By Anne Valente
By Lindsay Toler
By Ray Downs
By Lindsay Toler
By Danny Wicentowski
By Lindsay Toler
By RFT Staff
By Lindsay Toler
In 2005, his first year of Hall of Fame eligibility, Strawberry was disqualified from future ballots after garnering less than 5 percent of the vote.
Says ESPN baseball analyst Jayson Stark, "He's just a classic case of a young athlete who had a lot of the best of what life has to offer thrown at him and made some really bad decisions about how to handle it."
Though only a .259 career hitter, Strawberry belted 335 home runs and drove in 1,352 runs. Today, he remains the Mets' all-time leader in round-trippers and RBIs. Last year he was serenaded by Shea Stadium fans at the 1986 team's championship anniversary party.
Jayson Stark contrasts his popularity with that of the much-maligned Giants slugger Barry Bonds, speculating that the two players' personalities and alleged illegal-drug use shaped public perception.
"I think it's an oversimplification, but when people think steroids, they think 'cheater,'" says Stark. "The perception of cocaine is that athletes mess around with it for recreation. They're both self-destructive, but as a society I don't think we're so judgmental anymore about athletes who use recreational drugs.
"Also, there's this tension and this dictatorial atmosphere to Barry, while Darryl is a very likable human being," Stark continues. "When people meet Darryl, they're won over by his personality, by his likability, and that's a tremendous attribute. And there's no sadder story than the guy who you remember as this young, strong, heroic athletic figure who then gets sick. That's the kind of story that touches everybody.
"I think, in the end, that's what has enabled him to survive, that there's really a good guy in there, despite all the trouble."
Throughout it all, Strawberry's star still flickers. With his ever-graceful figure and easy smile, he remains one of the most recognizable athletes ever to put on a uniform be it Mets blue or prison orange. At Church on the Rock, congregation members are known to interrupt his worship to shake his hand.
Though he's helped out the Mets in spring training camps in Port St. Lucie, Florida, for the past few years, Strawberry has pretty much turned his back on baseball. He went to the Yankees fantasy camp in January, in large part to hit up well-heeled attendees for donations to his recently established autism foundation.
"It was something that was birthed in us because of our faith in God," he says of his Darryl Strawberry Foundation. "The Bible tells you: 'to whom much is given, much is required.' Most people thought my calling was baseball, but it wasn't. That's just what I did. But my wife and I have a great vision in our life to know the suffering of autistic kids. And we're fulfilling it."
Tracy Boulware says they were inspired to start the nonprofit organization by friends with autistic children. They expect to raise more than a half-million dollars by the end of next year for their benefactor, the Center for Autism Education in O'Fallon.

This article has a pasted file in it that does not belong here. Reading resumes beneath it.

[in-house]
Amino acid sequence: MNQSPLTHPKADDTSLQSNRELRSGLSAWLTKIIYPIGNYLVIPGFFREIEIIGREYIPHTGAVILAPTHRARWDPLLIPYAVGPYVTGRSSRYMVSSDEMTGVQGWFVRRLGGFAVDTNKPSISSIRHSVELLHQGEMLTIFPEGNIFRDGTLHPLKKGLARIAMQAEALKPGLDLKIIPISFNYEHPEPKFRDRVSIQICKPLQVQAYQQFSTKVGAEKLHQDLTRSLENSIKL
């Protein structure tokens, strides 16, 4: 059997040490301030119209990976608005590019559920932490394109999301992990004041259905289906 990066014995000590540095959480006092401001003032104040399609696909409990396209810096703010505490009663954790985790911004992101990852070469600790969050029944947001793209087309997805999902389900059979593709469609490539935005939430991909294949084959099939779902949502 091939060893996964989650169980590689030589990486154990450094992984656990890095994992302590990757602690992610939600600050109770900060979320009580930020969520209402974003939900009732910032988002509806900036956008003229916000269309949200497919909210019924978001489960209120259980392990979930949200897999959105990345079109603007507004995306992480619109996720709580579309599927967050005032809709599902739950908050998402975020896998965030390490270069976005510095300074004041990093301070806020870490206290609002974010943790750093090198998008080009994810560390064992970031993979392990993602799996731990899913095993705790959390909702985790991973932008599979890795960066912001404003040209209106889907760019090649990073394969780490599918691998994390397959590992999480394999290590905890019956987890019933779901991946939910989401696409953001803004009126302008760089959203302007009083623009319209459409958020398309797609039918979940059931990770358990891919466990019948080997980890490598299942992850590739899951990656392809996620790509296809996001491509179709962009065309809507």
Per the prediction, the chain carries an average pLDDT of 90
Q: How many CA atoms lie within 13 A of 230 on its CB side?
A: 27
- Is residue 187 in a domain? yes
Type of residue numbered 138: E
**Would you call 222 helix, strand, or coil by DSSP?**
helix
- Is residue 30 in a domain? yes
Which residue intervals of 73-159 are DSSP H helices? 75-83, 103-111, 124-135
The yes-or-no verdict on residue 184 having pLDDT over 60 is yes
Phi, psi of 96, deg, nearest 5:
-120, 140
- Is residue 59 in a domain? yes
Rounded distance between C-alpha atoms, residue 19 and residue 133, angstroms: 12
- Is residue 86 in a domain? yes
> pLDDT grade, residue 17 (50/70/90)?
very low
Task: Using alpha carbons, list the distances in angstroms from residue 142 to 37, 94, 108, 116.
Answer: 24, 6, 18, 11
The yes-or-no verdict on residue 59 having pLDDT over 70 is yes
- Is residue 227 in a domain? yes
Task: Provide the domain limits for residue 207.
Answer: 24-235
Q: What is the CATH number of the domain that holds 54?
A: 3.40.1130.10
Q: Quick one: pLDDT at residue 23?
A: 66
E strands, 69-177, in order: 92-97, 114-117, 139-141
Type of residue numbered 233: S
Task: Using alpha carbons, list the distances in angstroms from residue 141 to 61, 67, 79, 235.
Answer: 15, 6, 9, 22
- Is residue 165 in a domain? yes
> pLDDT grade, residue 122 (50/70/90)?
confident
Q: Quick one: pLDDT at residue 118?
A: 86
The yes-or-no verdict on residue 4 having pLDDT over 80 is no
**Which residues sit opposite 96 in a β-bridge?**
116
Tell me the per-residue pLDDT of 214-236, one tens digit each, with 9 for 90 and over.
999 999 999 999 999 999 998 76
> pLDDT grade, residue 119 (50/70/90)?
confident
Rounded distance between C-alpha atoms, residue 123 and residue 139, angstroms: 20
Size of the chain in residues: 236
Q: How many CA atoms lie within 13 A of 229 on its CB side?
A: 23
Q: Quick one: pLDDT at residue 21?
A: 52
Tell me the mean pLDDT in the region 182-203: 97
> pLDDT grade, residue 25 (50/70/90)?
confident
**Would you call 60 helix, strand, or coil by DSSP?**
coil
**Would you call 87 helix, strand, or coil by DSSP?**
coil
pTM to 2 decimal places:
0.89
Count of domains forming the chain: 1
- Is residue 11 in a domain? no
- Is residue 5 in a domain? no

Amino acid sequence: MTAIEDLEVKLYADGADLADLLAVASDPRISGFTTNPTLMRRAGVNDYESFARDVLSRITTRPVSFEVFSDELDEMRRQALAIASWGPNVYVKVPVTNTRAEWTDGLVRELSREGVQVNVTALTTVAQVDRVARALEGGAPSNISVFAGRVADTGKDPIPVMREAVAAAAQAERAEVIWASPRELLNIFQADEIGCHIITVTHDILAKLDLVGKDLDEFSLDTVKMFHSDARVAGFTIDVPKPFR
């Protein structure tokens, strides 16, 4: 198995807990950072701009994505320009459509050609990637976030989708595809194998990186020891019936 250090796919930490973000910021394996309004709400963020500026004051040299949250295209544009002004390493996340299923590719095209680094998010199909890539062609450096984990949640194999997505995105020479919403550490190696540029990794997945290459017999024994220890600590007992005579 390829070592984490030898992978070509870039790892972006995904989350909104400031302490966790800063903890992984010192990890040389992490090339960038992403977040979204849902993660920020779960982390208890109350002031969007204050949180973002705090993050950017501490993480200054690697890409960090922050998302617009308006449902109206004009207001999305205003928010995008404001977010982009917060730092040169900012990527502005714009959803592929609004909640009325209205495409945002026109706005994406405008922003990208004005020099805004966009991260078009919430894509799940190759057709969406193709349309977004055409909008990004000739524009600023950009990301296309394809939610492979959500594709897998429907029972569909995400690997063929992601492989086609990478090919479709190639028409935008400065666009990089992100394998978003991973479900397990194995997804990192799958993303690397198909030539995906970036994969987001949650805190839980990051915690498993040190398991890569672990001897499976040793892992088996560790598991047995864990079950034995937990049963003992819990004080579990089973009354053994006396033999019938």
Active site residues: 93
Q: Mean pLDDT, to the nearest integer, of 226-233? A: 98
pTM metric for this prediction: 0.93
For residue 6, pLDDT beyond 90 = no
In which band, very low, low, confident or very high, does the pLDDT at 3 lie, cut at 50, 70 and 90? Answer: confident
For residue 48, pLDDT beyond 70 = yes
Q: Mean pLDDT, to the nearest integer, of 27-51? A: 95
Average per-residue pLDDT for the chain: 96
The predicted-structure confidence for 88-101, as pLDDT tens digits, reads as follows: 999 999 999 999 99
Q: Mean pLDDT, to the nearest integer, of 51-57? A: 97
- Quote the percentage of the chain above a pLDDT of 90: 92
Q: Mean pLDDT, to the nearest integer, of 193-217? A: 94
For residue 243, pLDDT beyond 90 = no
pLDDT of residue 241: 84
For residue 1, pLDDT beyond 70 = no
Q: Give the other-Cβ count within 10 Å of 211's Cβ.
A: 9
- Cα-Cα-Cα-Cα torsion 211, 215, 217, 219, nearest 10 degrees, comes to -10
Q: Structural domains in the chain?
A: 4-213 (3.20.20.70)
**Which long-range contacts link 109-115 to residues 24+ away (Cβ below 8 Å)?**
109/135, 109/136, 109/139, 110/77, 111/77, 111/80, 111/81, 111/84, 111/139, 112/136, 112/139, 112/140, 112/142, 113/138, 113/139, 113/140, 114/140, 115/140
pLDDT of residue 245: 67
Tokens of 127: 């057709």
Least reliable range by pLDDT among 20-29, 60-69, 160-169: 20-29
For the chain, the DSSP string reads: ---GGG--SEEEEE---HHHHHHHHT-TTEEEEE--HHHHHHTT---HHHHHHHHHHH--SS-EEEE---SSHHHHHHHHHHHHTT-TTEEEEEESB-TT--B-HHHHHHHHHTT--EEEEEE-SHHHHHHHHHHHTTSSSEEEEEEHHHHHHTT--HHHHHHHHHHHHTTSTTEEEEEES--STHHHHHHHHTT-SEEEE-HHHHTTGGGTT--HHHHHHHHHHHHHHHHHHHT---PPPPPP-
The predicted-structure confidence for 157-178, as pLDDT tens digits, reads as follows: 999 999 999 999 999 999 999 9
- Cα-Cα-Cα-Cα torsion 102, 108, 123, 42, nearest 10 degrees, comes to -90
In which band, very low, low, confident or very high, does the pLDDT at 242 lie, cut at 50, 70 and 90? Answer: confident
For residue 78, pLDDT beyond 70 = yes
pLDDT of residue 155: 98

A churchgoer since boyhood in LA's gritty Crenshaw neighborhood, Strawberry embraced evangelical Christianity in 1991. Today he approaches religion with a passion once reserved for chasing down fly balls and throwing back cans of beer.
He attends Church on the Rock twice a week, reads the Bible to kids confined in a Troy juvenile detention center and trades text messages with Pastor Blunt to stay abreast of church happenings.
It's clear that Blunt, whose sermons often resemble self-help seminars and tread heavily on the theme of addiction, is saying exactly what Strawberry needs to hear.
"Work is a four-letter word, but it's not a dirty word. If it was easy, anyone could do it," the shaggy-haired preacher said at a recent service, eliciting an 'amen' from Strawberry. "God has a plan for your life, and the devil has a plan for your life."
Darryl Strawberry and Tracy Boulware huddle together on this winter day in a corner booth at a Culpeppers restaurant in O'Fallon. "All their food here is good," notes Tracy, a tall blonde who seems to wear a perpetual smile. A few patrons notice that Strawberry is in the house, but no one bothers him for an autograph.
Privacy is central to the couple's recovery lifestyle these days, which is why they declined to meet for interviews at their O'Fallon home or, at least, that's why Tracy balked. She appears to run the show, acting as both Strawberry's caretaker and, for the preparation of this article, stage manager. She refuses to let a reporter talk to her husband directly over the phone.
Strawberry says he prefers his relative isolation, and that he rarely sees his old teammates, other than at an odd charity event or occasional team reunion. "I don't want them [to visit]," he says. "I'm here for a purpose. I'm here because I love God, and I've been called to do great things in the ministry."
"He's a man on a mission, and a man on a mission doesn't have time to be on a golf course playing with a bunch of millionaires," sums up Ray Negron, a special assistant to George Steinbrenner who frequently works with Strawberry on charity events.